Theaters of Madness: Insane Asylums and Nineteenth-Century American Culture available in Paperback
In the mid-1800s, a utopian movement to rehabilitate the insane resulted in a wave of publicly funded asylums—many of which became unexpected centers of cultural activity. Housed in magnificent structures with lush grounds, patients participated in theatrical programs, debating societies, literary journals, schools, and religious services. Theaters of Madness explores both the culture these rich offerings fomented and the asylum’s place in the fabric of nineteenth-century life, reanimating a time when the treatment of the insane was a central topic in debates over democracy, freedom, and modernity.
Benjamin Reiss explores the creative lives of patients and the cultural demands of their doctors. Their frequently clashing views turned practically all of American culture—from blackface minstrel shows to the works of William Shakespeare—into a battlefield in the war on insanity. Reiss also shows how asylums touched the lives and shaped the writing of key figures, such as Emerson and Poe, who viewed the system alternately as the fulfillment of a democratic ideal and as a kind of medical enslavement. Without neglecting this troubling contradiction, Theaters of Madness prompts us to reflect on what our society can learn from a generation that urgently and creatively tried to solve the problem of mental illness.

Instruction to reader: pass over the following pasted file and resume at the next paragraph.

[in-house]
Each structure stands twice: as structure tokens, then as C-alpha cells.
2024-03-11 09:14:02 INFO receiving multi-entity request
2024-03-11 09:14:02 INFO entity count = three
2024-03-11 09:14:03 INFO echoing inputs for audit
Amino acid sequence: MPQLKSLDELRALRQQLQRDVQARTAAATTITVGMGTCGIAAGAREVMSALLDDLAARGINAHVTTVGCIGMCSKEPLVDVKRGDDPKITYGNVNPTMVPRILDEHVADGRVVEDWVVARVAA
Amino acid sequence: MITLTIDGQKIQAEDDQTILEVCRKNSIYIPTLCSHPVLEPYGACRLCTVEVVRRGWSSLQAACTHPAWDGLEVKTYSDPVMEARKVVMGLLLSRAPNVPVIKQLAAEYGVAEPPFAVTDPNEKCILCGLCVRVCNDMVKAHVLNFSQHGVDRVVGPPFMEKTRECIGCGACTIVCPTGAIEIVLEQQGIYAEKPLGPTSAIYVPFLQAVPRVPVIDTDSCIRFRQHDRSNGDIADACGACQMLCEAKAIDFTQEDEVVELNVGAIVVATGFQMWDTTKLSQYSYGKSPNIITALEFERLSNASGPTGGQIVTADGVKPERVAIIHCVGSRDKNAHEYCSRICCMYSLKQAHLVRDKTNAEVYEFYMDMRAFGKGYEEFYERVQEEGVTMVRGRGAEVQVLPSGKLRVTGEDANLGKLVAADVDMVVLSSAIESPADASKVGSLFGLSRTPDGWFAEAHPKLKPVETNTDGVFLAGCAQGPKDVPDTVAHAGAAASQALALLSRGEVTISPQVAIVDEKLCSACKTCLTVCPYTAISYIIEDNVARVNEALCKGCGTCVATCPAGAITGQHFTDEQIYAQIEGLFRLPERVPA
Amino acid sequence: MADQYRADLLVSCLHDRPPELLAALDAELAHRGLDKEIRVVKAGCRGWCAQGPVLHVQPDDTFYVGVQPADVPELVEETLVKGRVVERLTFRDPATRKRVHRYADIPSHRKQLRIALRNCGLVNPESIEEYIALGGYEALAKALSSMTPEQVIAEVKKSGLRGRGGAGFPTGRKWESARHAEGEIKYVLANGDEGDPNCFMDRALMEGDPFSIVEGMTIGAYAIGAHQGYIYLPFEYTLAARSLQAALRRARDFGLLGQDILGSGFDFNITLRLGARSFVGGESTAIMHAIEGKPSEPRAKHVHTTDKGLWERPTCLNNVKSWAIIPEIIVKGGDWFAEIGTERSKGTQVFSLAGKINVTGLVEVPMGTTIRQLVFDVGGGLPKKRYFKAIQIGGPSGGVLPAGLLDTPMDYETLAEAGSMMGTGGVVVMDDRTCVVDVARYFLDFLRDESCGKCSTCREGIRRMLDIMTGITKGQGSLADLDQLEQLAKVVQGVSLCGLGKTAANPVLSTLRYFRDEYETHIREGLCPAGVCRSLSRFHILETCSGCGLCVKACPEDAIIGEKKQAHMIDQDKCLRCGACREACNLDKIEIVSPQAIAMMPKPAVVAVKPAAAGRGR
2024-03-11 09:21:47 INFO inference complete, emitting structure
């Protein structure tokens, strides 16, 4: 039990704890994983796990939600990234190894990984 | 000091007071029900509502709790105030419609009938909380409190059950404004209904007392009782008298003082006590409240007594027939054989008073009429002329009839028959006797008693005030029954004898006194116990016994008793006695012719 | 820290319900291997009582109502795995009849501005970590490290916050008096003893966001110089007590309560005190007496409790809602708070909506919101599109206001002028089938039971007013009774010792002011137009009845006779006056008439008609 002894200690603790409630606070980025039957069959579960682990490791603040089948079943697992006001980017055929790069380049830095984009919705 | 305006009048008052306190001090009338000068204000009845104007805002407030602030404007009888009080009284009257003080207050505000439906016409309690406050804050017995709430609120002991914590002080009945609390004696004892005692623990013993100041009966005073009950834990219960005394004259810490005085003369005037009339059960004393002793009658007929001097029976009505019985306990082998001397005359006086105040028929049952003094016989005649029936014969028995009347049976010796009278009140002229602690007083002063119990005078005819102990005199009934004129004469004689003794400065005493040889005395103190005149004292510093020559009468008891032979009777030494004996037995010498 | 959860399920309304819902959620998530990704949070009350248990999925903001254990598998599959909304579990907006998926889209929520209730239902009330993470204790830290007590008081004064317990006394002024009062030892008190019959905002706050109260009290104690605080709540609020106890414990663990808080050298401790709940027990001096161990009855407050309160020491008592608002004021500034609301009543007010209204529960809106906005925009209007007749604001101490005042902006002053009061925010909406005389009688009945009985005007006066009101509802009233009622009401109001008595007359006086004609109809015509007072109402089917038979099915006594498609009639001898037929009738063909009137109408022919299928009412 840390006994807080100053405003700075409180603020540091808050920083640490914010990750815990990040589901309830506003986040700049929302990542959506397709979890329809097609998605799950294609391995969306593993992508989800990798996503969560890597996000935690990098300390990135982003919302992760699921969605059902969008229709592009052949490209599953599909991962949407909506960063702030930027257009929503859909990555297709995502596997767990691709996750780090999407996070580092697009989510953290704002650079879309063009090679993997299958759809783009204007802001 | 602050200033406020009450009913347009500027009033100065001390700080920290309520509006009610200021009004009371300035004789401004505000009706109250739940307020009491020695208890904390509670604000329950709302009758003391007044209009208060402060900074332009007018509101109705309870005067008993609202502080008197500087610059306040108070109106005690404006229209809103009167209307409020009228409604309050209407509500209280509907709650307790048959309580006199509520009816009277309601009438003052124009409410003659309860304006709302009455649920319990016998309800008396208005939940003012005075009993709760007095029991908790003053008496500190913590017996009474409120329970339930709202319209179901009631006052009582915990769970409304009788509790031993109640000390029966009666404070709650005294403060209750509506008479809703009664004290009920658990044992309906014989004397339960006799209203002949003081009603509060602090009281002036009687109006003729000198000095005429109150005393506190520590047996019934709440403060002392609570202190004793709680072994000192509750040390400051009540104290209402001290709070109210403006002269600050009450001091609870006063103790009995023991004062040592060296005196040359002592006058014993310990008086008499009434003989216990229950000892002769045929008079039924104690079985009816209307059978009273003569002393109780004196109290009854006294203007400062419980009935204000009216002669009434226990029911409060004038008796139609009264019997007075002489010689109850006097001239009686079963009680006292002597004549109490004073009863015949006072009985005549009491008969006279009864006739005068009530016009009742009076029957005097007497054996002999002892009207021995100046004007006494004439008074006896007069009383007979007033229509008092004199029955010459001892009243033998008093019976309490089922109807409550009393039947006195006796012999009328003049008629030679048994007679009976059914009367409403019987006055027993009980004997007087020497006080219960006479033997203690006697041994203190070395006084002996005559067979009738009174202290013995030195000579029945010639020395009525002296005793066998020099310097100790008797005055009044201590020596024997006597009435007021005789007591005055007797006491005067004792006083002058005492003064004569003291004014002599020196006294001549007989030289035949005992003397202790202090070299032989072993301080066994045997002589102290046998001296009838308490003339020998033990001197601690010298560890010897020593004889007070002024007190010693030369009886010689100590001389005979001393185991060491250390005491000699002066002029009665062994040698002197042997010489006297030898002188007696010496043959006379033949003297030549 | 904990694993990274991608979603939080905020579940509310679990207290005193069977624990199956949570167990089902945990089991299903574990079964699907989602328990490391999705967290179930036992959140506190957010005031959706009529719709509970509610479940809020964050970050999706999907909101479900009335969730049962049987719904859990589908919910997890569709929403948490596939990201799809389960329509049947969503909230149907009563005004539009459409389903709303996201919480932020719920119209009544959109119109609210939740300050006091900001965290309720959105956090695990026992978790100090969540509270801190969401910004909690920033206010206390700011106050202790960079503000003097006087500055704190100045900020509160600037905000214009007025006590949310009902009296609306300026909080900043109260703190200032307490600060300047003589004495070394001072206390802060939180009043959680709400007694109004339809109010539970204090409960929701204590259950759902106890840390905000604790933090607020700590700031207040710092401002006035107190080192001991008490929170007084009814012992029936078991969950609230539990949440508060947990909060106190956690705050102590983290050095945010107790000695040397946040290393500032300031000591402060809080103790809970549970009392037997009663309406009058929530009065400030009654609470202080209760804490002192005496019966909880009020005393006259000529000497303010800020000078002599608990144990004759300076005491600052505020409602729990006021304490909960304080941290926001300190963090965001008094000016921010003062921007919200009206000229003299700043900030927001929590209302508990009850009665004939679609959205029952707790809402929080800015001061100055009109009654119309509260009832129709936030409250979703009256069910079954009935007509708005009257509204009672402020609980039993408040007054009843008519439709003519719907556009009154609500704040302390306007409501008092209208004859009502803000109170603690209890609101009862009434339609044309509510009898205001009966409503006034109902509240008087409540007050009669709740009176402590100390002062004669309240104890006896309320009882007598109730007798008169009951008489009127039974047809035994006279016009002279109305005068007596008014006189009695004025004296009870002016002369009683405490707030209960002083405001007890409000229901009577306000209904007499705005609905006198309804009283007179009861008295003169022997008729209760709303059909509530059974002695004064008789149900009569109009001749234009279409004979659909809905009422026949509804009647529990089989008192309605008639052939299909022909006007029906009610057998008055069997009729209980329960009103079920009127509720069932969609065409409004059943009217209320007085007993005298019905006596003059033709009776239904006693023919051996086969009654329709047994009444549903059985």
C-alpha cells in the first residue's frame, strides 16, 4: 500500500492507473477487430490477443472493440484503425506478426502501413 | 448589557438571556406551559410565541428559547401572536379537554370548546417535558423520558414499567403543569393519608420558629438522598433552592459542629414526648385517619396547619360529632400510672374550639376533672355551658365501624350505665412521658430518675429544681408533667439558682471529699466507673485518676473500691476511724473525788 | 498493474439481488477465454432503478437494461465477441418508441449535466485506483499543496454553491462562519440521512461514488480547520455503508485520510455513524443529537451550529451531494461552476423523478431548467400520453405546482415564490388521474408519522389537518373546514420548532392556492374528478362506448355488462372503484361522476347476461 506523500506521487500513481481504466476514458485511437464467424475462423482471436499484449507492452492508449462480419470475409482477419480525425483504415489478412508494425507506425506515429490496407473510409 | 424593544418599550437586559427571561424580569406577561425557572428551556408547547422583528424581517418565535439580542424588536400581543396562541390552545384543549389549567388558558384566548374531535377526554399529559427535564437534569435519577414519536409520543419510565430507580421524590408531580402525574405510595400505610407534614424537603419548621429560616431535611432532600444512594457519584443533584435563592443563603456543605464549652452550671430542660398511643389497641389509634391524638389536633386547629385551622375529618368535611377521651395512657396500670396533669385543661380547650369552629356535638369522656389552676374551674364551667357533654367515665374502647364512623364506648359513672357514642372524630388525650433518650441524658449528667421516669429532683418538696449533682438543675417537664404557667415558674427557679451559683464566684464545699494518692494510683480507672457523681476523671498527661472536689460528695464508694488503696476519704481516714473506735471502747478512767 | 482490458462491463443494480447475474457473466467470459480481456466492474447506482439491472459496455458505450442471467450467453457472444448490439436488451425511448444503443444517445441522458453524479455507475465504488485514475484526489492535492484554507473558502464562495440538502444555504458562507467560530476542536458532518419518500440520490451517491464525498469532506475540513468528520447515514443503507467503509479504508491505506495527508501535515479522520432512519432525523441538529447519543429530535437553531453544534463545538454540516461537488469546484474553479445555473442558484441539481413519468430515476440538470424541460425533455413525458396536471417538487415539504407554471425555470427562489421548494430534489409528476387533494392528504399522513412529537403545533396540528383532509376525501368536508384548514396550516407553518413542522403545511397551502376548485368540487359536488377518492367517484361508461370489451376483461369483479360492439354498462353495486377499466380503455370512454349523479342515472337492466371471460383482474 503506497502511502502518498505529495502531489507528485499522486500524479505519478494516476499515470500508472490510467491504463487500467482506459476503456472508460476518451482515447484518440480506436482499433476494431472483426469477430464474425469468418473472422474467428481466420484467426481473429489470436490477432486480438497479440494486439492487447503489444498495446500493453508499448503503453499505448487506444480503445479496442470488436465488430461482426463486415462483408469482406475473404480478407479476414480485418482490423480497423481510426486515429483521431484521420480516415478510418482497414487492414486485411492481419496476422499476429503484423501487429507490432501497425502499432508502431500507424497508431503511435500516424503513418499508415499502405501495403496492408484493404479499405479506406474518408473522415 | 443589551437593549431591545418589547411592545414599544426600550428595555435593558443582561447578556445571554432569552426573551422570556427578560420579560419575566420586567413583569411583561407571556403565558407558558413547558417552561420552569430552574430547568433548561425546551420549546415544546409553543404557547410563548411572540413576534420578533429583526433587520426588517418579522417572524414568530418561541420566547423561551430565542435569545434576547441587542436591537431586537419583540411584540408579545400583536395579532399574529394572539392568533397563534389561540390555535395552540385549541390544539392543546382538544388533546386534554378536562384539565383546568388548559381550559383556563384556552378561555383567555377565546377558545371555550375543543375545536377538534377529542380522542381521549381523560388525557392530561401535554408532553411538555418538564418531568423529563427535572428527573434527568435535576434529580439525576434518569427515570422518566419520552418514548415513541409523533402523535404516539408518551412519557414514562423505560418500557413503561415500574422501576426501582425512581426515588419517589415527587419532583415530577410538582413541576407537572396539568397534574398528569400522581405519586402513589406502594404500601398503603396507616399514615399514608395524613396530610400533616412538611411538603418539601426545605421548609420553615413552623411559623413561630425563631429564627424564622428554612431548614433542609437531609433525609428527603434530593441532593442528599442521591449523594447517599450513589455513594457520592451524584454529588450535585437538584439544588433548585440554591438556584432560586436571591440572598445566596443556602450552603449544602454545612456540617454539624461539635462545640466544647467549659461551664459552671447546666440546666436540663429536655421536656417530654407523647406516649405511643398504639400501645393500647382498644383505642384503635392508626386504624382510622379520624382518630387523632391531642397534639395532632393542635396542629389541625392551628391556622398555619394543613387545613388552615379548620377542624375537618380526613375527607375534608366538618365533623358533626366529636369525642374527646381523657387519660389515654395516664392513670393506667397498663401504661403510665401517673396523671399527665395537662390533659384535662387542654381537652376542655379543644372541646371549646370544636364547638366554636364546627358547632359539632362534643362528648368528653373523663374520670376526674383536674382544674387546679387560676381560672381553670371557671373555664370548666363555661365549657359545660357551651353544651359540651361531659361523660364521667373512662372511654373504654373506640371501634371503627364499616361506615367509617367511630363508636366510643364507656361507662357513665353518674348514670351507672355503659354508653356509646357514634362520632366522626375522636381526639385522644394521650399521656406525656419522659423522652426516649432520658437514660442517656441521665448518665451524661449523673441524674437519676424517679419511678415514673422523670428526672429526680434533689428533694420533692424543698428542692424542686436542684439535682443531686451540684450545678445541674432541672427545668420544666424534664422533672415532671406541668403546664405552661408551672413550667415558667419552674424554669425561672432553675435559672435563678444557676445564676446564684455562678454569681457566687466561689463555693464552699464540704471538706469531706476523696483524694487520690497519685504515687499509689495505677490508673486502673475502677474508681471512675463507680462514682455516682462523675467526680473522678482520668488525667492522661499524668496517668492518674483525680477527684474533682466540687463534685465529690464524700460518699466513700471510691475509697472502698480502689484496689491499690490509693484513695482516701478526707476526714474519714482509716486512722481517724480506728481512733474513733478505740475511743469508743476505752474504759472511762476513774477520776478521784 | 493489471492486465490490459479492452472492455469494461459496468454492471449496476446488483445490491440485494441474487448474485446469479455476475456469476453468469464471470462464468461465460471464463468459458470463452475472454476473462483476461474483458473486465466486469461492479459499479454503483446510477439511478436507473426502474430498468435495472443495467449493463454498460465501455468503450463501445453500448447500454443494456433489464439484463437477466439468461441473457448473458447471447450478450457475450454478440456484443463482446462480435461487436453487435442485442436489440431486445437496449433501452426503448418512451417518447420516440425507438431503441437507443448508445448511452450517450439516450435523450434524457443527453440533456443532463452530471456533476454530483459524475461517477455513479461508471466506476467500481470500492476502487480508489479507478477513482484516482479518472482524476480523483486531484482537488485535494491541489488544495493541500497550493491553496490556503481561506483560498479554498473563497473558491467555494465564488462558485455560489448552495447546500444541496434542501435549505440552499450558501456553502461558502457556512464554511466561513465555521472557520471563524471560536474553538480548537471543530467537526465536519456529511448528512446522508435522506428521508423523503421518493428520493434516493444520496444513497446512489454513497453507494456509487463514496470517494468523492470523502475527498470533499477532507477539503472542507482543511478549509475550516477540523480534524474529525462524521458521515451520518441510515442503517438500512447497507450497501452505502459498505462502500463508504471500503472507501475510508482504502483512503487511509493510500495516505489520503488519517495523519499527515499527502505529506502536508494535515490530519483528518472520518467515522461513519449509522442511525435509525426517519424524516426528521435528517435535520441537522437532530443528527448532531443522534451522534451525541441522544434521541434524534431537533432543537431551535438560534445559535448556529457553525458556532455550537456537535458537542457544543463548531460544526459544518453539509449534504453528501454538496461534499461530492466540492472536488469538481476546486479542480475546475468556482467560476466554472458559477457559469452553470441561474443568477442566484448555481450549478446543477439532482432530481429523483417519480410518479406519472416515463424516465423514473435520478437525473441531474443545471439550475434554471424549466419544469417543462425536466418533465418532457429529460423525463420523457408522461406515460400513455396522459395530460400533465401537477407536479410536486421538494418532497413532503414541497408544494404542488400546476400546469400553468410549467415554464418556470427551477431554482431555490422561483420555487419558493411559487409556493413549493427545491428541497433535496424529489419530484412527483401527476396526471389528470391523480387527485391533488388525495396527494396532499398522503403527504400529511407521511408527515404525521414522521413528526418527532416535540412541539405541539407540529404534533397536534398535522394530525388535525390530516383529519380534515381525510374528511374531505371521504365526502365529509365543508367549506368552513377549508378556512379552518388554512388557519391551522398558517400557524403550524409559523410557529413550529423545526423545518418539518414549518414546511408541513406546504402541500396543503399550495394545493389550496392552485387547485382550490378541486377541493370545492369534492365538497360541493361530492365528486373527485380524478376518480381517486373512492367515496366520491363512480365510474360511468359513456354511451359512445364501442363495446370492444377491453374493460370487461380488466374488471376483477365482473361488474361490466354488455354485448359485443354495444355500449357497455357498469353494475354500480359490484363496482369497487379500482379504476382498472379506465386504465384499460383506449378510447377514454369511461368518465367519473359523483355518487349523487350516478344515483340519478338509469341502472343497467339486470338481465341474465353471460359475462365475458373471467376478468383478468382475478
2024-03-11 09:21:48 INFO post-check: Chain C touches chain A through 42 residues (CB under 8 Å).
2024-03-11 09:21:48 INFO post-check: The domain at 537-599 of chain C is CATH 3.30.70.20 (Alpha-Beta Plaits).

|Publisher:||University of Chicago Press|
|Edition description:||New Edition|
|Product dimensions:||5.90(w) x 8.90(h) x 0.70(d)|
About the Author
Benjamin Reiss is associate professor of English at Emory University and the author of The Showman and the Slave: Race, Death, and Memory in Barnum’s America.
Table of Contents
Brothers and Sisters of Asylumia:
Literary Life in the New York State Lunatic Asylum
Blacking Up in the Asylum
Bardolatry in Bedlam:
Shakespeare and Early Psychiatry
Emerson’s Close Encounters with Madness
What’s the Point of a Revolution?
Edgar Allan Poe and the Origins of the Asylum
Out of the Attic:
Gender, Captivity, and Asylum Exposés